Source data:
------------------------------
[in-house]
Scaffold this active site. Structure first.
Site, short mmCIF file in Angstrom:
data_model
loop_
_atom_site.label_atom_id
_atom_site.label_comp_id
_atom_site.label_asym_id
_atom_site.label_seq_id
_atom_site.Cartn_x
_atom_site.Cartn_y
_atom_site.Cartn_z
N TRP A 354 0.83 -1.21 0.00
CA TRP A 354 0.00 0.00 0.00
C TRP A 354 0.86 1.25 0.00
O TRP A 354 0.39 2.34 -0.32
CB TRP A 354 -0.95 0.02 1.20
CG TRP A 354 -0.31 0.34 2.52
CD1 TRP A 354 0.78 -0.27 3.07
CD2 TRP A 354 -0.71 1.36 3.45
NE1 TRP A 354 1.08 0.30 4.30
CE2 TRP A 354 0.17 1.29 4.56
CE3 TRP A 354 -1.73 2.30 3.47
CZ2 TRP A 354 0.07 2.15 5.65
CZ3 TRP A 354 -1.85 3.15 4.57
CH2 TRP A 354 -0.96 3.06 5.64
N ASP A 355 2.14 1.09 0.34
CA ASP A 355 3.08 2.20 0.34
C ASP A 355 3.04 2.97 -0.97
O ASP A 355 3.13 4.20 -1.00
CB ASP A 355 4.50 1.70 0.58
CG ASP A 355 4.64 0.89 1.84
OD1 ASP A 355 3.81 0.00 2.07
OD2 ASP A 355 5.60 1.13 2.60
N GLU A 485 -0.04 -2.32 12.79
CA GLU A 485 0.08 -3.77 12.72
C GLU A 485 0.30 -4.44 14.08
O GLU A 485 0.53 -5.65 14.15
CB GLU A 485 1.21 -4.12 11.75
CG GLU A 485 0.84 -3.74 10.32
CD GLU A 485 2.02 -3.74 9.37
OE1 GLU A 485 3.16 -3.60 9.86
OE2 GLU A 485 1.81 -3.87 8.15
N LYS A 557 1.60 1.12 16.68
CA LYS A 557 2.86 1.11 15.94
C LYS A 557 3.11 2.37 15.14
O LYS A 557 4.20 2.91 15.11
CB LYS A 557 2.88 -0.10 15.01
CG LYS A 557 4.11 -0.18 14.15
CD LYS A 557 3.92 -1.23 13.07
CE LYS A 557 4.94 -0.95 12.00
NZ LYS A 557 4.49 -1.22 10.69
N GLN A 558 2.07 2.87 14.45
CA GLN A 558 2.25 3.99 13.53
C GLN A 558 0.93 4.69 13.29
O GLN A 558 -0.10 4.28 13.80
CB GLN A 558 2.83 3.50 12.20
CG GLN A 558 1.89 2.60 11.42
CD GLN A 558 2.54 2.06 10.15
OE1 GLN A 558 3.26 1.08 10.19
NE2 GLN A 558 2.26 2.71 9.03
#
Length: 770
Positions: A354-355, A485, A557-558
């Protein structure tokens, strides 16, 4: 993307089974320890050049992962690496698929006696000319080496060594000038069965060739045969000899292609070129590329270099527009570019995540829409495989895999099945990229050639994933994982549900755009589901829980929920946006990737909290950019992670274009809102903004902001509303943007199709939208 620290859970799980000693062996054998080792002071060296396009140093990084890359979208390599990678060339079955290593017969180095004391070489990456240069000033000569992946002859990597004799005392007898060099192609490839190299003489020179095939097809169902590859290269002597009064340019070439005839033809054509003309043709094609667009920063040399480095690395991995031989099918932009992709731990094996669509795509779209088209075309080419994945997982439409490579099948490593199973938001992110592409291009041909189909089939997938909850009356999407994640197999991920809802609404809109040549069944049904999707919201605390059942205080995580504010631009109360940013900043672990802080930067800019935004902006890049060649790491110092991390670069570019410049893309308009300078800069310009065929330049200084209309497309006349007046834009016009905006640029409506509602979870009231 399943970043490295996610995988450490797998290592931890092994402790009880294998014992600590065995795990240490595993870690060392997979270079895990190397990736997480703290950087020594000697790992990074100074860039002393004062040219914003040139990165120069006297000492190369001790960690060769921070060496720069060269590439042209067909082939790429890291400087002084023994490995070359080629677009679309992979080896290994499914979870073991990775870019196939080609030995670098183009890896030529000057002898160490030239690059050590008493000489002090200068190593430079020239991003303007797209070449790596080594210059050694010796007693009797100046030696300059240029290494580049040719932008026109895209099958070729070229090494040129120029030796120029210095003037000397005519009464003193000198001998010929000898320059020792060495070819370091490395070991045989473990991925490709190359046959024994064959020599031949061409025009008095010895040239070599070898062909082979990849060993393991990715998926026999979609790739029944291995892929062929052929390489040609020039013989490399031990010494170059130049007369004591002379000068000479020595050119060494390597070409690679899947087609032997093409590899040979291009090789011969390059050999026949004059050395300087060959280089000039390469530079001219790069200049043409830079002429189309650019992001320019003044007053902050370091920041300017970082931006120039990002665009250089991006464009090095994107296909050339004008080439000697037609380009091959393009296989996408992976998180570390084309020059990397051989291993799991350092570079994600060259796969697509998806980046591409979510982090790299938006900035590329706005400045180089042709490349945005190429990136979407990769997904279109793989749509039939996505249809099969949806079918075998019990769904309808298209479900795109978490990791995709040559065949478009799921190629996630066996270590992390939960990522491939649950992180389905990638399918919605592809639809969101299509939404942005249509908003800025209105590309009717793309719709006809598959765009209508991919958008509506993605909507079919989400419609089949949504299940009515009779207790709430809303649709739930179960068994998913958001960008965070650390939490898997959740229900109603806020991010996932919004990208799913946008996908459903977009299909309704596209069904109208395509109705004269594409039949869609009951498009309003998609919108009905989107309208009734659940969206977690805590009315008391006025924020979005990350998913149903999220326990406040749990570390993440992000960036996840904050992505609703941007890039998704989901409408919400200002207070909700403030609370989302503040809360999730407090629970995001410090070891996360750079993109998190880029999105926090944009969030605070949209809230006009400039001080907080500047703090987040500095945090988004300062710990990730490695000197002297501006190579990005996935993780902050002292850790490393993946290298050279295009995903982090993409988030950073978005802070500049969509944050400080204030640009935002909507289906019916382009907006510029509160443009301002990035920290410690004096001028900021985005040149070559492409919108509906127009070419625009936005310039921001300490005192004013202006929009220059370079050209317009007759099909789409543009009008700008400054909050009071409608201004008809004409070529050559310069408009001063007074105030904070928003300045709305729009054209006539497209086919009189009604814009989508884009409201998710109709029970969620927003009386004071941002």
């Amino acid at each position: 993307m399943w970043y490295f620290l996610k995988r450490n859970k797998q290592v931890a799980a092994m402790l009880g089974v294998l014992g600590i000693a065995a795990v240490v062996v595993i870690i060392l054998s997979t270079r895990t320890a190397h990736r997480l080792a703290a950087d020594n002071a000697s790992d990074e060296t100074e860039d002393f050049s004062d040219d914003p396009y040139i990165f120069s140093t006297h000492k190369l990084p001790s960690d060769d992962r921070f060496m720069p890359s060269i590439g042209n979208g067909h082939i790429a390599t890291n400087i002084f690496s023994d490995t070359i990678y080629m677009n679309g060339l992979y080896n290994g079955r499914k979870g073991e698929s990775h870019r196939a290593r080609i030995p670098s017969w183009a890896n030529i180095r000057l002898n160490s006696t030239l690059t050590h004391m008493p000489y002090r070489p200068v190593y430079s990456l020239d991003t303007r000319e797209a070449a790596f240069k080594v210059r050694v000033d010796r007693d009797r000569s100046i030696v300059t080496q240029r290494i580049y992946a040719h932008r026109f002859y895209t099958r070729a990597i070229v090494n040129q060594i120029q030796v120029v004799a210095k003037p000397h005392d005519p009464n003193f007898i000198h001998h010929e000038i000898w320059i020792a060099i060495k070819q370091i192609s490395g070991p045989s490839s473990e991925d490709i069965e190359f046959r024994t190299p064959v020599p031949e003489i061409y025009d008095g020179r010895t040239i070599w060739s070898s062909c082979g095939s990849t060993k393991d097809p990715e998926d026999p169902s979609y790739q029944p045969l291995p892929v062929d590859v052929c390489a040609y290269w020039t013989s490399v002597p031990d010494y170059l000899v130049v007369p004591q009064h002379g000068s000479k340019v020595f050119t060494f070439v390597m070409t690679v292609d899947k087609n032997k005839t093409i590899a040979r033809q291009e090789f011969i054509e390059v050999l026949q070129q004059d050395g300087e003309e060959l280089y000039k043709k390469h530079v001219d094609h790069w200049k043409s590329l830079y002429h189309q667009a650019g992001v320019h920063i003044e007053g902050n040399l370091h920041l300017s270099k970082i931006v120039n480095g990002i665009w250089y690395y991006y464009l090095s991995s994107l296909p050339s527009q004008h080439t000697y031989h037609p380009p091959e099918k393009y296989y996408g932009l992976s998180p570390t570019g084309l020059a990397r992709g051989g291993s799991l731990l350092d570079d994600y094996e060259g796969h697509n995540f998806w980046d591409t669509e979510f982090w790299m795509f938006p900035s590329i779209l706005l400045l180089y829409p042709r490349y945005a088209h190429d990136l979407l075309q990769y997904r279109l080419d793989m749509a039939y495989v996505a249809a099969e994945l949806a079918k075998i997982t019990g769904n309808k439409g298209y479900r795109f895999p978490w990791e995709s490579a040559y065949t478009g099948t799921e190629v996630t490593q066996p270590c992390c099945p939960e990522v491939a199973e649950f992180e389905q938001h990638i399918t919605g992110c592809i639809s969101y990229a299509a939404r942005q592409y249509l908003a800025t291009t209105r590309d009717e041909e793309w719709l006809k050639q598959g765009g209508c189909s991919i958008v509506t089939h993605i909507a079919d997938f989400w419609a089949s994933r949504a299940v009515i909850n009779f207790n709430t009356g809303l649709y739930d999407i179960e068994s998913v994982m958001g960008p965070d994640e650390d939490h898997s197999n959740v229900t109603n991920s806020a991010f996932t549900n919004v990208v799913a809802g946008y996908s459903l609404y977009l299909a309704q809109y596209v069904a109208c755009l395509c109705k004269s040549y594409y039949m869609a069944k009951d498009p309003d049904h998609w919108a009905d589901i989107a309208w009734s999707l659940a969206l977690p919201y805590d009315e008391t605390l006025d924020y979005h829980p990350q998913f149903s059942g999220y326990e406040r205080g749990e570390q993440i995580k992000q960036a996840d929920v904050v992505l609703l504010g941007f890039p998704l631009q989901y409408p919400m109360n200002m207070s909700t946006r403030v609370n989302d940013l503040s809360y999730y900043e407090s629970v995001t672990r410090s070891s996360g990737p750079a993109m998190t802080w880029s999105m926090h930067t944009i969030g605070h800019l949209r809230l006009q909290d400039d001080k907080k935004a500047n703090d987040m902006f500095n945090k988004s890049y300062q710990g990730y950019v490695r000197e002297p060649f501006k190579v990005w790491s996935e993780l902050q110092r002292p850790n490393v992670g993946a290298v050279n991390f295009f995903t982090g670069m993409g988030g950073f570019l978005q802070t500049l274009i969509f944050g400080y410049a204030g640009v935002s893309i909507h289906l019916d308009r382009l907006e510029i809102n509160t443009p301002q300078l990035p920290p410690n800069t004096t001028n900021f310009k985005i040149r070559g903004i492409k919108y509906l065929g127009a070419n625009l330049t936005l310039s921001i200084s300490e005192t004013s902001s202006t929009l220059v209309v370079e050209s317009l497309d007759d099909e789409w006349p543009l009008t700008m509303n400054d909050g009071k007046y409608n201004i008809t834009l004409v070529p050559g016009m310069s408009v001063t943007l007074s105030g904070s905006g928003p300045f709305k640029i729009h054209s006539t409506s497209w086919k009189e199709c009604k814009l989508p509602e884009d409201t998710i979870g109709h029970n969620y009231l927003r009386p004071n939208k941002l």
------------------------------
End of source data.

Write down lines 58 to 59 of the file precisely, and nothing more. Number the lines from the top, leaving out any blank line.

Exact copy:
CG GLN A 558 1.89 2.60 11.42
CD GLN A 558 2.54 2.06 10.15